Wow! The random kindness of a stranger has truly humbled me. Let me tell you about Mary. I’m embarrassed to say I barely remember our first casual encounter. My husband and I were at the garden store where I display and sell my crafts. We were loading our trailer for a craft show and Mary was there as a customer of the store. I think we spoke briefly about the craft show we were going to, but I’m not sure. That was last fall.
Mary contacted us a few days ago and offered us a house to salvage for our crafts.
The house was built in 1890 on property the family has farmed on for several generations.
Due to the age and abandonment issues of the house, I really wasn’t sure what to expect. As a junk crafter I am thrilled! Other people who can’t see the potential in old wood and other things might not be.
It is a cross between Dorothy’s house and Casper’s house.
The siding is wood strips that are nailed on wide thick planks. Cha-ching! That is like gold to a wood crafter.
Mary (and family) are also offering us things that are still in the house. They want to keep the wood stoves. That’s okay, I’m really not sure what I would do with them. They are cool though.
The walls and floor are sinking, so opening doors was a little challenging.
There were several doors, windows and the sides of a chicken coop on the front porch.
This door awning had fallen off, but they saved it.
The floor of one whole room was piled with old (very old) canning jars. Clear and colored, glass tops and zinc tops. A lot of the jars still have food in them. Mmm…Yummy! We couldn’t walk through this room without stepping on the jars. Quite the balancing act. I can’t wait to get my hands on those jars!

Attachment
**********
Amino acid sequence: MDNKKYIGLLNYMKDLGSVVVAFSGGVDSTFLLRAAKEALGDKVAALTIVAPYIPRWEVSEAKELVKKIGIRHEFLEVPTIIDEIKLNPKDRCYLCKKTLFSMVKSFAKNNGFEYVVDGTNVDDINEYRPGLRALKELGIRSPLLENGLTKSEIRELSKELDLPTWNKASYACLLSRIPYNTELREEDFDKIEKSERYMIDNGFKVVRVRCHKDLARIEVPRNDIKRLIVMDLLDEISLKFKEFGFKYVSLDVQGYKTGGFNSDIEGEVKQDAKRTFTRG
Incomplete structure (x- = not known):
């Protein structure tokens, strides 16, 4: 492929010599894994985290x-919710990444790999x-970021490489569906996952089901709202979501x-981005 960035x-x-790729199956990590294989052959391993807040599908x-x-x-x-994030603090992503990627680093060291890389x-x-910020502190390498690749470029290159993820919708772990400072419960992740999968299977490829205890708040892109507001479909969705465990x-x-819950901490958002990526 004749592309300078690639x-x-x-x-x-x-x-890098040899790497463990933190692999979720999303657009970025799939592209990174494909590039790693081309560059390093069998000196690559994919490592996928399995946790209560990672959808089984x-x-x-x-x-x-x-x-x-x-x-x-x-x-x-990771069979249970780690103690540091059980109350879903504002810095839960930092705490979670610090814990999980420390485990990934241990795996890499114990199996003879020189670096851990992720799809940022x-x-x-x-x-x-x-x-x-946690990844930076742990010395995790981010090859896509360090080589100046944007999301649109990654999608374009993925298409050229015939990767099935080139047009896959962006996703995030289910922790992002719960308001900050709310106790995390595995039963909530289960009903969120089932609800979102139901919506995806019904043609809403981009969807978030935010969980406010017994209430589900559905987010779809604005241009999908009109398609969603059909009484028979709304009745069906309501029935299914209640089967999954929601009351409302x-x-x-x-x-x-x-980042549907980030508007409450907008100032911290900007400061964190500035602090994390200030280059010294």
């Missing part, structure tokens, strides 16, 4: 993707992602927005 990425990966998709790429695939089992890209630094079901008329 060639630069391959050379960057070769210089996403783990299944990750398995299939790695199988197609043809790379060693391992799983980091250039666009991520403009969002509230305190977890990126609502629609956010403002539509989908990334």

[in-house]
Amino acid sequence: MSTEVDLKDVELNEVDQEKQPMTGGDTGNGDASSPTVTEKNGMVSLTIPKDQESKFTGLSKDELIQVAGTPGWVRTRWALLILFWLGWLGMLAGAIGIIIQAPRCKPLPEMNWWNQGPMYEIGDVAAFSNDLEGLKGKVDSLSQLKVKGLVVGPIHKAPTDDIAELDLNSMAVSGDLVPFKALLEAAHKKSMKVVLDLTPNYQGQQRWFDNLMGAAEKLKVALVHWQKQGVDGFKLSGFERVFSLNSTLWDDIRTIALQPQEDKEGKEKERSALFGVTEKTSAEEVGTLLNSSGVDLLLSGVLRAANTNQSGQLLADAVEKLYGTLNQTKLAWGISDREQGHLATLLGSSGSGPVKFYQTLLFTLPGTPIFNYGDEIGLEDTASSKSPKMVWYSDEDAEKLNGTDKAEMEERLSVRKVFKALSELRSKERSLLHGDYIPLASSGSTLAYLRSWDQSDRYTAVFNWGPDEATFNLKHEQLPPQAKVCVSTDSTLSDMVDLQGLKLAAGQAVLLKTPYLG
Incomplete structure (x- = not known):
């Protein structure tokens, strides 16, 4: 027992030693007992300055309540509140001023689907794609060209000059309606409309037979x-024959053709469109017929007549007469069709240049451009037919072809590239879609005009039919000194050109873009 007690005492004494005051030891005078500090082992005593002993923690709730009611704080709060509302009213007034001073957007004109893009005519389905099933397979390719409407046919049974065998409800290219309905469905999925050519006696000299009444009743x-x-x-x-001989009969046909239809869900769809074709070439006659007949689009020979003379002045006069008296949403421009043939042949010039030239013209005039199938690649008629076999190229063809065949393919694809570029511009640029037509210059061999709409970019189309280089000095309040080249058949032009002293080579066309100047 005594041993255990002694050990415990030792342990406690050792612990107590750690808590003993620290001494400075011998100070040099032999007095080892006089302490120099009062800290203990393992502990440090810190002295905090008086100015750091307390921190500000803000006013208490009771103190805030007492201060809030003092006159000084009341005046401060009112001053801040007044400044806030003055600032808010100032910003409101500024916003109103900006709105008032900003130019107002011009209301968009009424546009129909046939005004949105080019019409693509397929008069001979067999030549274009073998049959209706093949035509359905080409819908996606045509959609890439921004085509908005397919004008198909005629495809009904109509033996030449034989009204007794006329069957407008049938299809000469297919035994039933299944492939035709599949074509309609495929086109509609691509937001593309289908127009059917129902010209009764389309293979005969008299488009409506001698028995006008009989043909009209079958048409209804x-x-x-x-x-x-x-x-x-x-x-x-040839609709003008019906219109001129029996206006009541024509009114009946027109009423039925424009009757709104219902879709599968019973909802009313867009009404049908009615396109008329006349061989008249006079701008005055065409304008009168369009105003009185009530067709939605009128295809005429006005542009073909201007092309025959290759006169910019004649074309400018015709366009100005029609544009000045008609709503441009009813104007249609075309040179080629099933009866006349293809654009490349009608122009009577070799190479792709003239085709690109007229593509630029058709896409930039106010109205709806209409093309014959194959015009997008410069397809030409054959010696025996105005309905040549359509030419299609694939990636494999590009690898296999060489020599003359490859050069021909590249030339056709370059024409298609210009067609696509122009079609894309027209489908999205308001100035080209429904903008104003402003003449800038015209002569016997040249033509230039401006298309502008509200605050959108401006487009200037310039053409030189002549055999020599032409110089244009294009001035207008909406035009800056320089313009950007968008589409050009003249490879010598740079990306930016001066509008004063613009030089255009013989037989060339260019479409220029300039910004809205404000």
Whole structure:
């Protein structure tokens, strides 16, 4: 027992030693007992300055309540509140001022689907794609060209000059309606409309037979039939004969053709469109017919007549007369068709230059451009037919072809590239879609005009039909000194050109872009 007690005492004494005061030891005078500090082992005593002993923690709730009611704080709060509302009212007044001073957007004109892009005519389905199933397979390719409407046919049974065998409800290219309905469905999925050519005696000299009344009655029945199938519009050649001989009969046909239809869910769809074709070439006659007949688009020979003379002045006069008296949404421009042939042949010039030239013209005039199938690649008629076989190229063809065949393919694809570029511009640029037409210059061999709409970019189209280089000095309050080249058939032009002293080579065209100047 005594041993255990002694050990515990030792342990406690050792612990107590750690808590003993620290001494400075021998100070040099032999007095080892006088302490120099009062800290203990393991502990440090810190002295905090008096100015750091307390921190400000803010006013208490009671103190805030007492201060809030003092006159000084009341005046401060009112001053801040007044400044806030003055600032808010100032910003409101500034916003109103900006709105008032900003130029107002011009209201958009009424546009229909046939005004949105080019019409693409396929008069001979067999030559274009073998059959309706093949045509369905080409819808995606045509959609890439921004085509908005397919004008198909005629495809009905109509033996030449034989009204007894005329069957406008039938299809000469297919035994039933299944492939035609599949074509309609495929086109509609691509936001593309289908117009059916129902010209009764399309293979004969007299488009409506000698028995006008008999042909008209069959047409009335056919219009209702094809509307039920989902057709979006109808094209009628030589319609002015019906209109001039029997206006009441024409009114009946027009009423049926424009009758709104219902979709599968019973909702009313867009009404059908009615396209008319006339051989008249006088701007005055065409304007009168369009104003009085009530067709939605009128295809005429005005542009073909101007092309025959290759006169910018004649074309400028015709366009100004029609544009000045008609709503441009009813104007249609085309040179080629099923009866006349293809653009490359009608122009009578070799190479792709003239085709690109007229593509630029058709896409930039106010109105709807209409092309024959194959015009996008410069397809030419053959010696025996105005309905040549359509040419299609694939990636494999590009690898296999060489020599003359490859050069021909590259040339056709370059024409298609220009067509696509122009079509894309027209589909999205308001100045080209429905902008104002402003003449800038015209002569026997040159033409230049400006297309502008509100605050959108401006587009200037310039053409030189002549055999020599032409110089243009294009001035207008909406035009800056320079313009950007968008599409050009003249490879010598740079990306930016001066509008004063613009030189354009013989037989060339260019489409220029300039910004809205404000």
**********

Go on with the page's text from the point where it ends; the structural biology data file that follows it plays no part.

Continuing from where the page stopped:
There were also a few chairs, enamelware basins, flower pots and galvanized buckets.
There was a tall skinny desk that I am hoping is salvageable once it is dug out. Mary is also giving us several wooden doors from another old house.
This watercolor is of the house when it was built in 1890. The two-story section is gone. The part we are salvaging is the section on the right. The older building to the right was the original house even before this one. It isn’t there anymore.
This framed picture (not sure of the medium used) is a different angle of the old house.
More stuff. They’re keeping the crocks, but they are amazing!
I’m sure I’ll have more to say about this junking journey. After all, we still have to tear it down and transport it home. By the way…if any local friends would like to help, I’m sure we could find an extra hammer. Just saying…;)